More immediately, Rushmore yielded something that wouldn’t have been contemplated before: smaller bikes for younger riders, especially women. This year Harley introduced its lower-end Street series, high-riding bikes with 500-cc and 750-cc engines that still provide a Harley feel for less than $7,500. “Street is about access over engine displacement,” says Richer. “It is designed with a global customer in mind. You can grow up in Beijing and Chicago, and you might have a cultural connection that your parents didn’t have 25 years ago.”
With Street, the company now has models that can compete in developing nations such as Brazil, South Africa and India, where price matters. Harley is a latecomer to India, but it is now assembling bikes in Bawal and sponsoring group rides in places like Goa that can attract 5,000 cyclists who want to taste the American ideal. Harley is feeding that hunger: overseas cycle sales now account for 36% of the company’s total. Indeed, there are now group-ride events in China, Africa and India.
The smaller bikes are also a better fit for Europe, where consumers prefer sport and utility cycles like Street over Softail cruisers. In China, Harley doesn’t have the opportunity that American automakers have. Motorcycles are banned from many highways and urban areas. But just as they prefer big Buicks, Chinese riders are hog lovers, as are riders in Japan, home to giants such as Yamaha and Kawasaki.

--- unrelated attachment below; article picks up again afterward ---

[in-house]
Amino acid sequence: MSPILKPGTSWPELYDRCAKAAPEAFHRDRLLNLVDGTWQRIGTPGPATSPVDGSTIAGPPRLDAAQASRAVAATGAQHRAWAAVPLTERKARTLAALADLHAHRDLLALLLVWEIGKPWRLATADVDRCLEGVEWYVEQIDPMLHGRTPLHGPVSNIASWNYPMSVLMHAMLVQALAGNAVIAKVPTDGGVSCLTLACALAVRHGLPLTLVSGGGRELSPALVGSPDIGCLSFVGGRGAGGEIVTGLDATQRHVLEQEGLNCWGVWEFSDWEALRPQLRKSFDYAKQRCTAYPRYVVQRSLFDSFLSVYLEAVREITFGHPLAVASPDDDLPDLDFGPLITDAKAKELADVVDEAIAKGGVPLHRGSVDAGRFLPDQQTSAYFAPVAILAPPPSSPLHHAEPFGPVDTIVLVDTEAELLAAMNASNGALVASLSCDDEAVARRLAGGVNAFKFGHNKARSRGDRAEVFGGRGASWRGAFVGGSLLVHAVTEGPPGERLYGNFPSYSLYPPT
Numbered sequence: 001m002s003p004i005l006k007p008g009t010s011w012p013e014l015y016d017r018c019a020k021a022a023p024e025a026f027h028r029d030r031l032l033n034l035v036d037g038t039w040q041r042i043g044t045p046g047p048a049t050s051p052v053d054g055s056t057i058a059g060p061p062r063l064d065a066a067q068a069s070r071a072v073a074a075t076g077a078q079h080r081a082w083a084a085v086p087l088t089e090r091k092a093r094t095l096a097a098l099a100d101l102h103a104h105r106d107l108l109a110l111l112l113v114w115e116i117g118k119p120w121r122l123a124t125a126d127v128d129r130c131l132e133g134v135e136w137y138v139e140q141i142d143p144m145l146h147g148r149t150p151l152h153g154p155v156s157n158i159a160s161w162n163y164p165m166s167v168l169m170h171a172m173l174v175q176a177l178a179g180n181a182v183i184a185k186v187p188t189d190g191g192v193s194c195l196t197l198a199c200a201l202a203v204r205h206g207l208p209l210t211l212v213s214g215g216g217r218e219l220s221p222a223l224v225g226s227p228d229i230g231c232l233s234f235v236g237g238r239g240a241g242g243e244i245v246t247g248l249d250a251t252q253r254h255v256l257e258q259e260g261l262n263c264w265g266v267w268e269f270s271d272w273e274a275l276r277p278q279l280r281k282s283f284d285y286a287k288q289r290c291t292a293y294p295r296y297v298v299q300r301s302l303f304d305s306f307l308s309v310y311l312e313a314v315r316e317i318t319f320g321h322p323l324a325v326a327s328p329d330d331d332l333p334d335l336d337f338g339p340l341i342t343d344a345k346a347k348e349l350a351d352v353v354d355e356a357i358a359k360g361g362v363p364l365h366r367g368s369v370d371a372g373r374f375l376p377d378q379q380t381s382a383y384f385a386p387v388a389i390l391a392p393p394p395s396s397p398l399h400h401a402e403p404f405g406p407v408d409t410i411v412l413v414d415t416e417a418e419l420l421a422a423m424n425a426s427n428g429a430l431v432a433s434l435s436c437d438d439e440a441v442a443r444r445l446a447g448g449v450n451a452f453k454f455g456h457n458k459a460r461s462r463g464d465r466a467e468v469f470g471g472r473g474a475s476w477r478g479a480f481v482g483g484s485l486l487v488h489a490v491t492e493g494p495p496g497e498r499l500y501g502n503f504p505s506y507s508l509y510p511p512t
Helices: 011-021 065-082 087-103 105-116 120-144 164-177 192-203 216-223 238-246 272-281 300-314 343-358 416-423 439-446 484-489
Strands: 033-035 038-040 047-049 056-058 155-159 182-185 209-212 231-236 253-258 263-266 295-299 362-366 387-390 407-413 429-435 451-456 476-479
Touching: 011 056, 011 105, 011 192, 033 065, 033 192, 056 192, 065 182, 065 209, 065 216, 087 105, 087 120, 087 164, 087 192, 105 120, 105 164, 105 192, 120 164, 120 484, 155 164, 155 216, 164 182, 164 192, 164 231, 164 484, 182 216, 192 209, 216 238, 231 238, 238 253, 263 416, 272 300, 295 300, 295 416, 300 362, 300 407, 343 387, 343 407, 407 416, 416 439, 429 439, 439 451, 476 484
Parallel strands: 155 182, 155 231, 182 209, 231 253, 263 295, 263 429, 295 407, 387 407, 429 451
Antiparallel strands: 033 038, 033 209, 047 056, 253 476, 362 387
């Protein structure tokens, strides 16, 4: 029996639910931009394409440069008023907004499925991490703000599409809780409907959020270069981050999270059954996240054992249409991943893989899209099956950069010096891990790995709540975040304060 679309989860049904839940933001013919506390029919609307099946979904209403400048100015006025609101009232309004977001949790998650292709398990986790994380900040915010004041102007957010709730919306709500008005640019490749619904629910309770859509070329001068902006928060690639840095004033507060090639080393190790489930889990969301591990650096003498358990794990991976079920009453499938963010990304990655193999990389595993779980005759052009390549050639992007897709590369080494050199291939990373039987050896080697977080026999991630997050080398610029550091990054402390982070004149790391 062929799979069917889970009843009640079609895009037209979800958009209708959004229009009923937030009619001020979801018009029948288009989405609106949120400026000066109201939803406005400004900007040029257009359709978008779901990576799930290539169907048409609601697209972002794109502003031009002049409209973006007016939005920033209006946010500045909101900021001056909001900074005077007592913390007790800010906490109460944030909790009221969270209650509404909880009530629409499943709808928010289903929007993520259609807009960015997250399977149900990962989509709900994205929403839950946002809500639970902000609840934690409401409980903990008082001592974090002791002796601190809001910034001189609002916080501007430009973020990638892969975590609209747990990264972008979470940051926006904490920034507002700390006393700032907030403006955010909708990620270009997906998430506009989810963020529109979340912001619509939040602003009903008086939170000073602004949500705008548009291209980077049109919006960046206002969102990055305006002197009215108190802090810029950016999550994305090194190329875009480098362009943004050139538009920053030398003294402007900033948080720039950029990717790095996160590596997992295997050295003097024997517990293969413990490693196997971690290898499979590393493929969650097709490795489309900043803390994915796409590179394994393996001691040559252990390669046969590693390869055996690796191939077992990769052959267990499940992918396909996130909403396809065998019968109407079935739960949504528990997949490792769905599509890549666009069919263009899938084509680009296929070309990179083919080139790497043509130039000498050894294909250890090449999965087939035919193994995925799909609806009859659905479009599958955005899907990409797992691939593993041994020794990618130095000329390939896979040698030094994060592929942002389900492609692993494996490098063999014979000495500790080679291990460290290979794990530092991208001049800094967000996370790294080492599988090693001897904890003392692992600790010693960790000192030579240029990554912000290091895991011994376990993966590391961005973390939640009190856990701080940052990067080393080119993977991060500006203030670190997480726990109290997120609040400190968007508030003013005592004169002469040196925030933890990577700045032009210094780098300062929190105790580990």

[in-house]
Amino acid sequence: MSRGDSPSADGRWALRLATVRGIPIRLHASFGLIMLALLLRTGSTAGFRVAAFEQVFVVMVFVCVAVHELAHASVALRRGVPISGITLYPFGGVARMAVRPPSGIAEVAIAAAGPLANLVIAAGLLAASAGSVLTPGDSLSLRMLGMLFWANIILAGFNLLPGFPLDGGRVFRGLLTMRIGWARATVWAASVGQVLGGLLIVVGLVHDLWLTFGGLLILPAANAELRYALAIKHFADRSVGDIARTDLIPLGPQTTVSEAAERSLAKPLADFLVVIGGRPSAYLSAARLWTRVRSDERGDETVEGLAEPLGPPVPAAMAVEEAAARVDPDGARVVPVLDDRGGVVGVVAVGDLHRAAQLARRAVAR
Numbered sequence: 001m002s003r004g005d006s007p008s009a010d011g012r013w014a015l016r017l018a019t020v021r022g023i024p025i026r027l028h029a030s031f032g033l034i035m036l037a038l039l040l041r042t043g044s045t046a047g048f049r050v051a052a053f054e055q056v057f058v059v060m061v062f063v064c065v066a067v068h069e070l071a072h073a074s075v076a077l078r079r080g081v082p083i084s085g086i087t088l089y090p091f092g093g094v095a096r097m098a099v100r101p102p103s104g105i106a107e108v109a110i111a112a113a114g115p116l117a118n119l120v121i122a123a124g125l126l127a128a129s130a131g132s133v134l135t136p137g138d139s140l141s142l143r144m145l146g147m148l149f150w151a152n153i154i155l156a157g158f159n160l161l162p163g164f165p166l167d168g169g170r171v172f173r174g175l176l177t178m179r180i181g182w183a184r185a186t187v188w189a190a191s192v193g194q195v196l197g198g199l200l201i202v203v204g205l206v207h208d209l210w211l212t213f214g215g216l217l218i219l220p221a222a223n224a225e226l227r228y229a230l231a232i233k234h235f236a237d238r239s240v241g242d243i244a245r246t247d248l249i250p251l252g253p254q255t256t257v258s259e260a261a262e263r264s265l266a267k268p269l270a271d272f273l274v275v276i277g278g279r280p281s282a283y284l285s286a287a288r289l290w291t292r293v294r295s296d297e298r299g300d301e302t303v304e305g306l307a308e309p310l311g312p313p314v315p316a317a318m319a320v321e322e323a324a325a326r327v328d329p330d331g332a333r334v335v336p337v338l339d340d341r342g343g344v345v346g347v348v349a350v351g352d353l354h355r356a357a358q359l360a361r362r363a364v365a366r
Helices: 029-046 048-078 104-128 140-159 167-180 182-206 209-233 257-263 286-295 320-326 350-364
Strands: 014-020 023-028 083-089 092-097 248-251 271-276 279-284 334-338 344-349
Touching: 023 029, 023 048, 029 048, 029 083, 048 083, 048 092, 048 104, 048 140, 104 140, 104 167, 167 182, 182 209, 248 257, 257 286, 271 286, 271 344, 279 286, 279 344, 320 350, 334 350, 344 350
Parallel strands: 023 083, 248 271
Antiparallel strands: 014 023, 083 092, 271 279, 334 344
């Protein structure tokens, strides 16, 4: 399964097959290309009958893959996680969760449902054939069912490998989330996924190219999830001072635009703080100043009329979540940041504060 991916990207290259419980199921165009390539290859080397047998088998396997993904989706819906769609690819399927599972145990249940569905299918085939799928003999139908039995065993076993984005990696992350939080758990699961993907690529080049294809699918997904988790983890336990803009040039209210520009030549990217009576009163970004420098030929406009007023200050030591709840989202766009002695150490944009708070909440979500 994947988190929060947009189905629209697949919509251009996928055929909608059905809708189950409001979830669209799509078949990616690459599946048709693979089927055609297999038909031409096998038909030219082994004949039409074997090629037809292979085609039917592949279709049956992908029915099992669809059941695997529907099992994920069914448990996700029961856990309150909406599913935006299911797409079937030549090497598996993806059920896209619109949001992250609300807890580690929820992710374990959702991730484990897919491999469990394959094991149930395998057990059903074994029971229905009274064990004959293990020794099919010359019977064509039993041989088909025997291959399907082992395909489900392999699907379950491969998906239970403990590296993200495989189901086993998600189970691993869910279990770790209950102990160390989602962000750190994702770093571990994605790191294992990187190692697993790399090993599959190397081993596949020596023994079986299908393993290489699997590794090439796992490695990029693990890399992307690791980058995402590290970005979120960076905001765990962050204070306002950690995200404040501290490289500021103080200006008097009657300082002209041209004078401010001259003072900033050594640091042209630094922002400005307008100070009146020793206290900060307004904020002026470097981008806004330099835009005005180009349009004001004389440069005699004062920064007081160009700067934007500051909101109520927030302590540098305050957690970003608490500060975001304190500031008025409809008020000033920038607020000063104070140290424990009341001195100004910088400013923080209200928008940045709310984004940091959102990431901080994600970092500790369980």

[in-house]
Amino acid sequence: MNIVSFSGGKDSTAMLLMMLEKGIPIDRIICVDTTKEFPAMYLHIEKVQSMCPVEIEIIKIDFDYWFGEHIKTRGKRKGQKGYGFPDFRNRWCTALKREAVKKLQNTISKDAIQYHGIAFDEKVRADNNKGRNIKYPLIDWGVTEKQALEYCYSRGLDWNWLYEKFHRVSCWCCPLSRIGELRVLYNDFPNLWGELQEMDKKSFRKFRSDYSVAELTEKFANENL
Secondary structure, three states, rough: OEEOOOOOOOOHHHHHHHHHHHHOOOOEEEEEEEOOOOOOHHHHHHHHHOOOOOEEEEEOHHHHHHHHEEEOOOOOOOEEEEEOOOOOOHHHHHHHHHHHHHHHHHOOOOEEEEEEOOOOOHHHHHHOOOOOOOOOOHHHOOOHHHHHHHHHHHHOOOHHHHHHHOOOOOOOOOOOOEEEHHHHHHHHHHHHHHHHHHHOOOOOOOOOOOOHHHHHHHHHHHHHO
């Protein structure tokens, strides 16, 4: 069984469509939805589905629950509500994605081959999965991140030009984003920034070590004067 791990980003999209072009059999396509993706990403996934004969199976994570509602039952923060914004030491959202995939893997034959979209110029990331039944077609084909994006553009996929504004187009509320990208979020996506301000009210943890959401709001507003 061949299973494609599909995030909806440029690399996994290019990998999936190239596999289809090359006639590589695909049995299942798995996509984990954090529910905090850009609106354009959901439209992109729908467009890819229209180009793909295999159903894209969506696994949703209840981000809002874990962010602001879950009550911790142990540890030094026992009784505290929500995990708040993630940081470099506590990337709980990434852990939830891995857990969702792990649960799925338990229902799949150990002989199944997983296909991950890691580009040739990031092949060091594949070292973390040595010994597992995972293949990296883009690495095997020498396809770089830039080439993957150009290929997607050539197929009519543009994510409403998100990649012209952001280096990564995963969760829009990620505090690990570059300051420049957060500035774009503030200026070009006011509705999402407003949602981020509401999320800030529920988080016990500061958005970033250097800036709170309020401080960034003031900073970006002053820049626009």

So far, the strategy appears to be working. Harley has picked up two market-share points in Europe on BMW. And while Street models are now heading to U.S. dealers, the company is living you-know-where on the hog with its traditional cruiser bikes. It owns 56% of the market, up from 41.5% in 2008, according to Wells Fargo Securities. Even better, the supply of white guys over age 35 figures to be about 50 million strong in the U.S. for the next 25 years. “We’re not dying a slow death,” says Levatich. “We’re creating a new future.”
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This appears in the June 30, 2014 issue of TIME.